Though some very good information has been turned up on quite a few Irish born soldiers of the 69th.Pa. not a lot has been uncovered about the Donegal born men who served in the regiment though they formed the third highest percentage after the Derry and Tyrone men. However as now I have very limited "life" stories of many of them or contacts with known descendants.
With Patrick McGlinchey we have a very good trace from birth to death along with his army service. Let us look at his lifespan.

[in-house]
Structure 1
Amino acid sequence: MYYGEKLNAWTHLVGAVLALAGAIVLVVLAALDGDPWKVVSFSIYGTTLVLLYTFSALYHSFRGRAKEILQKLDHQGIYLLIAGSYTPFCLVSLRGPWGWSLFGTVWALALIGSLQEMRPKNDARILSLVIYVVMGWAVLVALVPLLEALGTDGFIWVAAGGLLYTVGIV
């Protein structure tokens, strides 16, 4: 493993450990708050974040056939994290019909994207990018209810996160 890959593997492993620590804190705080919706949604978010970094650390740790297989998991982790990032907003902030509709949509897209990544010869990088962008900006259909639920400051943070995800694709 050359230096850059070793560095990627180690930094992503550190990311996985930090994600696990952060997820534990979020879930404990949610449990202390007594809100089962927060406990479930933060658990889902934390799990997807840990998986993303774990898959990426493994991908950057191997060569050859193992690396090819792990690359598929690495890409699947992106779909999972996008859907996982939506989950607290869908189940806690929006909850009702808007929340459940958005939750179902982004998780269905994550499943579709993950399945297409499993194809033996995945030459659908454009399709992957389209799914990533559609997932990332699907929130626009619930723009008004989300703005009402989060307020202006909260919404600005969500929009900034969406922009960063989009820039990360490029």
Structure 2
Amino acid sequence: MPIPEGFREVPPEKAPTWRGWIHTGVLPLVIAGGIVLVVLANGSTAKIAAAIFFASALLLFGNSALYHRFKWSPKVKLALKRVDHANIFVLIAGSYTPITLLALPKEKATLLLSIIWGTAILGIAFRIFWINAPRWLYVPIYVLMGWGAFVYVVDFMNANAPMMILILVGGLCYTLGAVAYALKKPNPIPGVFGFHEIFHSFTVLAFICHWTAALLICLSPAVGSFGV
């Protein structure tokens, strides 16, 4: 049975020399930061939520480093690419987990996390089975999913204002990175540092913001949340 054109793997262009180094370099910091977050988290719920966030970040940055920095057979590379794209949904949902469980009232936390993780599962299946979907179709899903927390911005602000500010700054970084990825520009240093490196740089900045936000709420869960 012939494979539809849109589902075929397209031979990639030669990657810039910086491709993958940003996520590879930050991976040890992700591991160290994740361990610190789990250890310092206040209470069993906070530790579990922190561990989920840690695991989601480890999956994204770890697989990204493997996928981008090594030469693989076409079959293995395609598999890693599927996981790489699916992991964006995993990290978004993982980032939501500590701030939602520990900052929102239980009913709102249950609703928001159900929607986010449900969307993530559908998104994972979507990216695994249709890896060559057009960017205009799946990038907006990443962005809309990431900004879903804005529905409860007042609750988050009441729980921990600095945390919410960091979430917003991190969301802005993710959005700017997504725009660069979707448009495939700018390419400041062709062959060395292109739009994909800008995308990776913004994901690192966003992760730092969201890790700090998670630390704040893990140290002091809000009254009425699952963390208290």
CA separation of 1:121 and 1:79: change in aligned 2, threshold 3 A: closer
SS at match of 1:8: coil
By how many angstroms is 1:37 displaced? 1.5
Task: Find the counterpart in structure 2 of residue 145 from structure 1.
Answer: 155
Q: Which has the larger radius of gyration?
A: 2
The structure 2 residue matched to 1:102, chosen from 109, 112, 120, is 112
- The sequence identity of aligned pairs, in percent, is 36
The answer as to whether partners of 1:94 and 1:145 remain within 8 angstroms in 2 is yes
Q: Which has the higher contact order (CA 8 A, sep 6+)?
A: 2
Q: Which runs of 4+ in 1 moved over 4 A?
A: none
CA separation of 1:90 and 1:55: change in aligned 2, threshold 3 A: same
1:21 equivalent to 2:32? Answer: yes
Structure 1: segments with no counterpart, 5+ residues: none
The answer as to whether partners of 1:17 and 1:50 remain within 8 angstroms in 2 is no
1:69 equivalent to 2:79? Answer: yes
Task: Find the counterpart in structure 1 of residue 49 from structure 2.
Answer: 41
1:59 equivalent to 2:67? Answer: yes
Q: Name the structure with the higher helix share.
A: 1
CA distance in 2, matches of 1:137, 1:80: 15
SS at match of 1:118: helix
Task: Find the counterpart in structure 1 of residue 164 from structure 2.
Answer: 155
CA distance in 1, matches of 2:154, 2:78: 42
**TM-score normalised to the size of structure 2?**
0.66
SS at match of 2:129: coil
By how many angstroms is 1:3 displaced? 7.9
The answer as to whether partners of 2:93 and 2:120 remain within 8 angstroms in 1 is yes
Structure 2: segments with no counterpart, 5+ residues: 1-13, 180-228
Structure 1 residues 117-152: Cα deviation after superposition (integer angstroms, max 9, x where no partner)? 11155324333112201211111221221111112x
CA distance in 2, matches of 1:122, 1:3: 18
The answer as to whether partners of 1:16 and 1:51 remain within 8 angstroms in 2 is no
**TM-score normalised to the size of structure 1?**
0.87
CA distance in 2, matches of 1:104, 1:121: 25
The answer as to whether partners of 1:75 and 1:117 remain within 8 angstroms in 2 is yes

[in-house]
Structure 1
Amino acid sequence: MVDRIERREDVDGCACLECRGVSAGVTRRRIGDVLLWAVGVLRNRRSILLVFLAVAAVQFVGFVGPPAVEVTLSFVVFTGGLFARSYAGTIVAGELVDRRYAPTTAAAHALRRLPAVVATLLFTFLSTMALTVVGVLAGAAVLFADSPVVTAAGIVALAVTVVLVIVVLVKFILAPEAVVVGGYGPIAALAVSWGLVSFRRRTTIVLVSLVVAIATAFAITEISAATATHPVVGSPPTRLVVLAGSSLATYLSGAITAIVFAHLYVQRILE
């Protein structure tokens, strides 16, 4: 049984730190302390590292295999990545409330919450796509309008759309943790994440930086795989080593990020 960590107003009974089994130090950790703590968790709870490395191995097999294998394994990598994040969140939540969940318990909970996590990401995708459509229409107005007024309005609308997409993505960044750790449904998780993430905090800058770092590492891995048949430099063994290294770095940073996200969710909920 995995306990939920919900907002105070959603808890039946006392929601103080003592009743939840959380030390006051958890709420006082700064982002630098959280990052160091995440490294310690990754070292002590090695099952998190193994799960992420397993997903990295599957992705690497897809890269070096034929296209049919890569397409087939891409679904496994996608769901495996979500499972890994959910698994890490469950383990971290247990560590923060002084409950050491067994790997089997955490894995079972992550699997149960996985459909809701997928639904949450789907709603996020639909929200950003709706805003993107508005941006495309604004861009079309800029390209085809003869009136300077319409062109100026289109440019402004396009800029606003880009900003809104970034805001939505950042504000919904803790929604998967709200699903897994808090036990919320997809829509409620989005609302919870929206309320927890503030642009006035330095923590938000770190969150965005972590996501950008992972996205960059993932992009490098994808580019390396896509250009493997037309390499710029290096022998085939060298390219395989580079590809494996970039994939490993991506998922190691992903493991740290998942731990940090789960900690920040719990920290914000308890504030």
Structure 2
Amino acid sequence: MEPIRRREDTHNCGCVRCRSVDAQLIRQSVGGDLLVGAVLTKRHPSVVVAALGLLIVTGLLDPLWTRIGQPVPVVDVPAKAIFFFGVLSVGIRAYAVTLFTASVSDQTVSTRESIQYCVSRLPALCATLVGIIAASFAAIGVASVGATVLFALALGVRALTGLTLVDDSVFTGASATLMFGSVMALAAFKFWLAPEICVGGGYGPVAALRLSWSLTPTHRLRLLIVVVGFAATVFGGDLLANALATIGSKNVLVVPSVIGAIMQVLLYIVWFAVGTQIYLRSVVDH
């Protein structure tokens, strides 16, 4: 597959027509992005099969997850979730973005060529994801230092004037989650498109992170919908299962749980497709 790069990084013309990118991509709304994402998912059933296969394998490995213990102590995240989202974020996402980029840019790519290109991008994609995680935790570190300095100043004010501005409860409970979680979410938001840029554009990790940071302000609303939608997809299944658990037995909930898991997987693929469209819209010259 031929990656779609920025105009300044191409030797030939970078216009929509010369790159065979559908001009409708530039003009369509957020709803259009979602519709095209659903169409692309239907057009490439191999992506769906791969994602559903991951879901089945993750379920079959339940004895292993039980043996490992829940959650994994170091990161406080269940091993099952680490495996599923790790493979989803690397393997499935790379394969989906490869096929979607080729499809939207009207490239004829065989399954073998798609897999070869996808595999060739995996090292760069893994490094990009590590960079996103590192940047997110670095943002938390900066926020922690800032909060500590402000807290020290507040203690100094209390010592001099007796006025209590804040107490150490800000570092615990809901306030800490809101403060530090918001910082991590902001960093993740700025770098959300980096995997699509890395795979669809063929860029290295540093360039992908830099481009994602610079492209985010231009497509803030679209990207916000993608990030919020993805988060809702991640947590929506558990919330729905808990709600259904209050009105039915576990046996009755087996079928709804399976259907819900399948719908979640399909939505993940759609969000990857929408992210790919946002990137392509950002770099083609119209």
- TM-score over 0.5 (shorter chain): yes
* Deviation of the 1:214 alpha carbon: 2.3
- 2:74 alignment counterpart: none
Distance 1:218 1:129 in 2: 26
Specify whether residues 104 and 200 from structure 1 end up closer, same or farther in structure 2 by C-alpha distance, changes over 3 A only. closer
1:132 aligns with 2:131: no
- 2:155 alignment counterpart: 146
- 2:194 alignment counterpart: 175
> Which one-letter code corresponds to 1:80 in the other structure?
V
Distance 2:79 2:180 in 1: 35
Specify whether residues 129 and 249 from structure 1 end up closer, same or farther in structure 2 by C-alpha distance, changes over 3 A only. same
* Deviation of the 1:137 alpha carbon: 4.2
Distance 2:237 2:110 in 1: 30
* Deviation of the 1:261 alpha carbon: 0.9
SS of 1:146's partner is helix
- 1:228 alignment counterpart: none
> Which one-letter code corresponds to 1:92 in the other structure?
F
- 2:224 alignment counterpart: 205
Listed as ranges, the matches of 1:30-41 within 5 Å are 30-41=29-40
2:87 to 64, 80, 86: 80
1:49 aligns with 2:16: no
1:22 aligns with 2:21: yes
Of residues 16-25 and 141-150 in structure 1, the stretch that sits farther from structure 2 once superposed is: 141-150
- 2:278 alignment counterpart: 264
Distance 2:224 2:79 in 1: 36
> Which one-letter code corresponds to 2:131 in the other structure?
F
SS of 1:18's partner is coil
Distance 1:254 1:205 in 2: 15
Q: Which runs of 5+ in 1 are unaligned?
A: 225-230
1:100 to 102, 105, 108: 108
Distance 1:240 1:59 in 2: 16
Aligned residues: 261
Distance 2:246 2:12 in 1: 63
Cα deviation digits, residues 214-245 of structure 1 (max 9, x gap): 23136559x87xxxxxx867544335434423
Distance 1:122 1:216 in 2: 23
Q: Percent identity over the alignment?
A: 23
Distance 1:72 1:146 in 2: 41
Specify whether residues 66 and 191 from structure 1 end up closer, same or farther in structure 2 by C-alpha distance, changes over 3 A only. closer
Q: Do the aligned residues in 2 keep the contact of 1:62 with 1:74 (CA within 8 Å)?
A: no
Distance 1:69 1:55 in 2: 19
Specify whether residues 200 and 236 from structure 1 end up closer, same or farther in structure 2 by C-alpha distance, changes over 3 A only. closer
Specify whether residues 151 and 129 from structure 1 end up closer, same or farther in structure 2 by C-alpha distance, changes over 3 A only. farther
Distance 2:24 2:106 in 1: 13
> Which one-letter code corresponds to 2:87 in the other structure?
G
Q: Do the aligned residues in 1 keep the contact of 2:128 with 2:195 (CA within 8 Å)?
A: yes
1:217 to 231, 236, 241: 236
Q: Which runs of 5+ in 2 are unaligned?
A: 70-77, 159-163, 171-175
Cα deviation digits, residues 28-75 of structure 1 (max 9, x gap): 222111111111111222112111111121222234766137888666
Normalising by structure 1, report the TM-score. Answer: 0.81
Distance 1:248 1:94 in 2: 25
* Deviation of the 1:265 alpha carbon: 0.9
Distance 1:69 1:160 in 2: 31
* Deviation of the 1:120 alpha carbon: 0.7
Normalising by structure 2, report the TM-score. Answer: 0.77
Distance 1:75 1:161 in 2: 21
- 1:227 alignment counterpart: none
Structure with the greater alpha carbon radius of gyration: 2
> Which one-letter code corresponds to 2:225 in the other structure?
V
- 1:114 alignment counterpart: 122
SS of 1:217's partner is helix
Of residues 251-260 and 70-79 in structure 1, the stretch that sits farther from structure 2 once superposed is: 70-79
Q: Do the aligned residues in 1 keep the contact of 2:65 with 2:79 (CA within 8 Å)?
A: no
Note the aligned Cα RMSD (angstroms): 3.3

Firstly let us take a quick look at the times he was born in and what his family did for a living and whence they came from in rural east Donegal. Patrick was born 1814 a date based on his death in Philapelphia 1904 aged 90. What his family did for a living can only really be guessed at. At best I am of the opinion they had a small plot of land of say 5 to 10 acres or worked for a pittance for the local landlord on whose estate they were deemed as rent paying tenants being charged rent on the land their fore fathers had owned prior to the landgrabs by English and Scots landlords and their land grabbing supporters after the fall of the old Gaelic order in the early 17th century the so called "Plantation of Ulster" With the fall of the O'Donnells of Donegal in particular. (See map left of Stranorlar and surrounding hinterland and townlands). If the McGlincheys owned any land however small a portion their terms of tenure were tenious.They would have constantly been struggling to pay the rent to the local landlord. His word was law he could up the rent at any time or indeed evict them at any time. This was the era of "knuckling the forelock to the landlord" should he be met face to face, this was an era of subservience to the landlord or authority, an era where it paid in modern parlance to keep a low profile and hope. If however the McGlinchey family did not have tenant "ownership" life would be even harder.They could exist by labouring to the local farmers many of whom in that area of east Donegal were the descendants of lowland Scots farmers brought over during the 17th. century "Plantation of Ulster". They got the pick of the quality land and the "natives" ie the indigenous Irish the poor or bog lands. The bottom line is that the McGlincheys were poor, very poor as were thousands of the native Irish around them. What to do in the middle 19th century as famine approached in the middle 1840's?. They could stay and possibly die of starvation as hundreds did or if they were lucky they could take the path as so many of their neighbours did emigrate to America. Some could opt for the west coast cities of mainland G.B. eg Glasgow and Liverpool and many did. In the case of the McGlichheys and Kellys they opted for America having enough for the fare from Derry to Philadelphia. It is just possible that the fares were sent back to them from relatives already in America. This was also very common practice one or two would emigrate and in a fairly short period of time make enough money to send back to other family members perhaps in dire straights to pay their fare to America. This family group probably along with other family groups would take an early Spring passage on a sailing ship of the era from the nearest port Derry to Philadelphia. (See left.The route Stranorlar to Philadelphia) Not a pleasant experience at the time and extremely dangerous. Stranorlar and the area suggounding it in the 1840's was a pretty poor area to live in. I will leave the reader to look up on the subject and he or she will soon see confirmation of this. Things were so bad in the catchment area around the town one of the notorious "Workhouses" was established a kind of quasi-hospital for those people in the area who had little or in most cases nothing and were ill primariy through starvation. A very limited volume of food was provided by the State perhaps subsidised by a few more benine local landlords though not many in number. Alongside the "Workhouse" building was what was termed the "fever " wing of the Workhouse hospital where skeletal beings were basically left to die. Their award was the infamous "famine grave pit" close by the hospital. This was a communal grave where the bodies were basically dumped and there remain. One does not need to look too far ahead perhaps about 100 years to see how mankind had moved on to WW2. We know from handed down family bible informationm generated by descendant family members that Patrick's sister Mary McGlinchey married a Francis Kelly in 1835 in Stranorlar Catholic chaple. Patrick was aged about 21 years. At some later stage the small family group decided to emigrate to America and Patrick travelled with his sister Mary and her husband Francis Kelly and their two small children to Philadelphia. They were also accompanied by Patrick's brother and his parents.